• Blog

Thinking Like an Auditor

  • The Opportunity for Internal Audit Teams in Activity Based Working

    March 1, 2018 | By Sio Naidoo, B.Compt, MPA-MBA, PMIIA, CIA

    Globally, organizations are responding to changes in global trends in the workforce, the impact of new and innovative technologies by exploring new ways employees work and interact. This is also driven by organizations’ need to reduce costs and manage risks in new and innovative ways – management is realizing that work is what you do and not where you go.

    Technology and innovation are increasingly able to smoothly bringing together talent, resources, opportunities and ideas, on demand. Employees are engaging in new ways and are embracing the benefits of Activity Based Working (ABW) from the range of work setting options – meeting rooms, focus rooms, collaboration spaces, and webinar rooms - all bundled with the latest high speed technology and innovation. As part of this design, sit-to-stand desks are challenging prolonged sitting which is proving detrimental to our health.

    New and modern activity based work spaces are now aimed to suit the activity, to help increase focus and concentration and improve collaboration across teams. This workplace design is driven by increasing efficiencies for the organizations, while offering flexibility for employees, and creates “chance encounters” by design.

    Each day you sit (or stand) next to someone new, from outside your department, business unit or team. Your path to your desk or to get your cup of coffee is non-routine. This increases the chances of unplanned encounters with people from across your organization.

    Is there an opportunity within ABW for internal audit departments?

    Internal audit performance thrives on professional and business knowledge and professional relationships. Within ABW there is an opportunity to leverage the design, proximity of people and our inherent social human nature.

    ABW has some rules, which are an important part as with all parts of our society – based on mutual respect and a sense of community at work - daily desk clear-up, no talking loudly, respecting focus area, not eating your lunch at your desk, and maximizing the design layout for your productivity - so if you are using the sit-to-stand desk, don't just sit (unlock the health benefits) and if you prefer to sit, find another location and leave this type of desk free for someone else.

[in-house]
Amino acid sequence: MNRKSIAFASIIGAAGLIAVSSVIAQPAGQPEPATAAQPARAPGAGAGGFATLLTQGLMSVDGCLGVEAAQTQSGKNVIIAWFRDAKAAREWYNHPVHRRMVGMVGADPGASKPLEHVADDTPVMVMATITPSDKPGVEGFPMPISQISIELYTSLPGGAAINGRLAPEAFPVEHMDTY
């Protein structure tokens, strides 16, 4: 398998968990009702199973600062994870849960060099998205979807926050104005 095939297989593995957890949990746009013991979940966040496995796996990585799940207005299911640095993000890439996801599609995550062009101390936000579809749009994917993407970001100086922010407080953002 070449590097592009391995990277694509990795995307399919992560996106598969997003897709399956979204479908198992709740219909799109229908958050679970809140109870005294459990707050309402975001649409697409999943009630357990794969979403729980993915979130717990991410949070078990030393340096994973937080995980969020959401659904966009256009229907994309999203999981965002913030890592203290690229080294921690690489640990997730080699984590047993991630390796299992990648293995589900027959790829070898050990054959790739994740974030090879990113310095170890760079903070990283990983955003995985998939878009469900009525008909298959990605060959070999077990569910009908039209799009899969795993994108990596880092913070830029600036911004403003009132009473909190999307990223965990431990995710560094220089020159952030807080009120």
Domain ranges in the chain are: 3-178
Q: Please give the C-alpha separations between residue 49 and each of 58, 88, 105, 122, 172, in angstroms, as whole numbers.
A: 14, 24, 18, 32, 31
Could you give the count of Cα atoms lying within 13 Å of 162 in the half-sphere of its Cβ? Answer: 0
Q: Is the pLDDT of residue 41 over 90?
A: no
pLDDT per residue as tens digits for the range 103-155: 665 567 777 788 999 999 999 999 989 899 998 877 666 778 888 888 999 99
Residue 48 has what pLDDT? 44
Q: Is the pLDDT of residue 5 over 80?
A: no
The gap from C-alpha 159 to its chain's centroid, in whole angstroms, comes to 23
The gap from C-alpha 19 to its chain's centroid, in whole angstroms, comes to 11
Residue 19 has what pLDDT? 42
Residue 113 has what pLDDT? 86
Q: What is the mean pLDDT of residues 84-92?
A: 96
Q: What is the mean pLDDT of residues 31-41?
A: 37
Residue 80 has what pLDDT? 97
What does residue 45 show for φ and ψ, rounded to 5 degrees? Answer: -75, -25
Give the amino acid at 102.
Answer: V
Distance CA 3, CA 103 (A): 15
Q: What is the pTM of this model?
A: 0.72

However, with all our embracing of ABW there are a few unwritten rules that evolve and are soon impressed upon, that can sometimes depart from the core founding principles of ABW. At the core, ABW fosters the belief that where you sit or where you do your work, does not matter. In this way it also dispels age-old notions that you had to be seen, for your manager to have comfort that you are in fact working.

    Clusters of open activity are known as “neighborhoods”. Focus rooms, collaboration spaces, touch down spaces or break rooms are distributed on this basis. Neighborhoods are a design concept and there is a danger in misusing neighborhood’s as a seating chart, by compelling audit and compliance teams to sit in a particular “neighborhood” – and creating a default location for the Internal Audit team. This could be a final clutch at holding onto a part of the traditional workplace design. However, fully embracing ABW for its merits presents an opportunity to leverage the neighborhood concept to improve communication elements and thereby internal audit performance.

    In the Harvard Business Review article Workspaces That Move People (Ben Waber, 2014) highlights Alex Pentland’s three key elements of successful communication that affects team performance, which is relevant to Internal Audit teams:

    1. Energy – interactions with more people overall
    2. Engagement – interactions within the team
    3. Exploration- the interactions with those outside their team

    Those with higher levels of energy, engagement and exploration have translated to higher performance, so the challenge is to increase these for auditors and ABW facilitates this perfectly, by creating chance encounters, and increasing interactions.

    For audit management there is an opportunity to abandon the “neighborhood watch” and let your audit team fully embrace Activity Based Working encourage them to find a new location across the workplace, increase the three key elements of successful communication and realise the following benefits:

    1. Improve professional relationships
      Auditors will have the opportunity to meet people across the organization every day, including and importantly those outside their normal course of work, and establish new lines of communication.
    2. Improve business knowledge
      Embracing ABW allows auditors to sit beside and engage with staff at the coal face of operations and increase your business knowledge from chance encounters, interactions and communications.
    3. Elevate the profile of Internal Audit
      Daily interactions with staff across various departments, will work towards changing any negative perceptions of internal audit staff. Internal Audit staff will no longer be seen as "those who sit in the Ivory Tower", or those who appear disconnected from the business. These unplanned interactions, may be the opportunity for Internal Audit staff to share with others the value that Internal Audit adds to the organization.

    If your organization is currently using the Activity Based Working model, or you will do so in the future, it's time to get out of the neighborhood, or plan to and fully embrace the hidden benefits of modern office design.

    Works Cited
    Ben Waber, J. M. (2014, October). Workspaces that Move People. Harvard Business Review.

    Read More Insights
  • View Demo
    Contact Us
    Request More Information